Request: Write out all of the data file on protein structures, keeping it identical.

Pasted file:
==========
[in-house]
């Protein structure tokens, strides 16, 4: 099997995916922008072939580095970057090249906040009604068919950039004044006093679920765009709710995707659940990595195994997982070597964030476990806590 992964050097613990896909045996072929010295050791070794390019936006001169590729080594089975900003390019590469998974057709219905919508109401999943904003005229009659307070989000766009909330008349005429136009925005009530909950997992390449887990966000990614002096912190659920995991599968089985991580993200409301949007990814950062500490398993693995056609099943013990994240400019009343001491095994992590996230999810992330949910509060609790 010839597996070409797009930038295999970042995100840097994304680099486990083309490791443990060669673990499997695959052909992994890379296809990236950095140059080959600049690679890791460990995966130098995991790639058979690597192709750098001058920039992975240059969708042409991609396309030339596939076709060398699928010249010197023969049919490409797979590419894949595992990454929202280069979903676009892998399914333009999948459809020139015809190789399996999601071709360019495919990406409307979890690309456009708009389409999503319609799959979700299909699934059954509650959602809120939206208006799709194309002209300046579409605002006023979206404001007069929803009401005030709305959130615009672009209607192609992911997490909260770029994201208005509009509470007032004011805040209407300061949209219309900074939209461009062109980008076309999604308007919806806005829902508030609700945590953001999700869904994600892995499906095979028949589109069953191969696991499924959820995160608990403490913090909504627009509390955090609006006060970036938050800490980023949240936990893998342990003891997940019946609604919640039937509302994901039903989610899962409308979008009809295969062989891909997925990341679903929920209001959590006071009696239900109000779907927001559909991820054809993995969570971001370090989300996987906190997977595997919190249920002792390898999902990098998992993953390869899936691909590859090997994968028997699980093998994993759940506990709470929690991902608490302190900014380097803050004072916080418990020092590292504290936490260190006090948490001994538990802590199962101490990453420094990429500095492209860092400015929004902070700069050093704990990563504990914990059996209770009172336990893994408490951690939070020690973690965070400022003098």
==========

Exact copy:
[in-house]
């Protein structure tokens, strides 16, 4: 099997995916922008072939580095970057090249906040009604068919950039004044006093679920765009709710995707659940990595195994997982070597964030476990806590 992964050097613990896909045996072929010295050791070794390019936006001169590729080594089975900003390019590469998974057709219905919508109401999943904003005229009659307070989000766009909330008349005429136009925005009530909950997992390449887990966000990614002096912190659920995991599968089985991580993200409301949007990814950062500490398993693995056609099943013990994240400019009343001491095994992590996230999810992330949910509060609790 010839597996070409797009930038295999970042995100840097994304680099486990083309490791443990060669673990499997695959052909992994890379296809990236950095140059080959600049690679890791460990995966130098995991790639058979690597192709750098001058920039992975240059969708042409991609396309030339596939076709060398699928010249010197023969049919490409797979590419894949595992990454929202280069979903676009892998399914333009999948459809020139015809190789399996999601071709360019495919990406409307979890690309456009708009389409999503319609799959979700299909699934059954509650959602809120939206208006799709194309002209300046579409605002006023979206404001007069929803009401005030709305959130615009672009209607192609992911997490909260770029994201208005509009509470007032004011805040209407300061949209219309900074939209461009062109980008076309999604308007919806806005829902508030609700945590953001999700869904994600892995499906095979028949589109069953191969696991499924959820995160608990403490913090909504627009509390955090609006006060970036938050800490980023949240936990893998342990003891997940019946609604919640039937509302994901039903989610899962409308979008009809295969062989891909997925990341679903929920209001959590006071009696239900109000779907927001559909991820054809993995969570971001370090989300996987906190997977595997919190249920002792390898999902990098998992993953390869899936691909590859090997994968028997699980093998994993759940506990709470929690991902608490302190900014380097803050004072916080418990020092590292504290936490260190006090948490001994538990802590199962101490990453420094990429500095492209860092400015929004902070700069050093704990990563504990914990059996209770009172336990893994408490951690939070020690973690965070400022003098």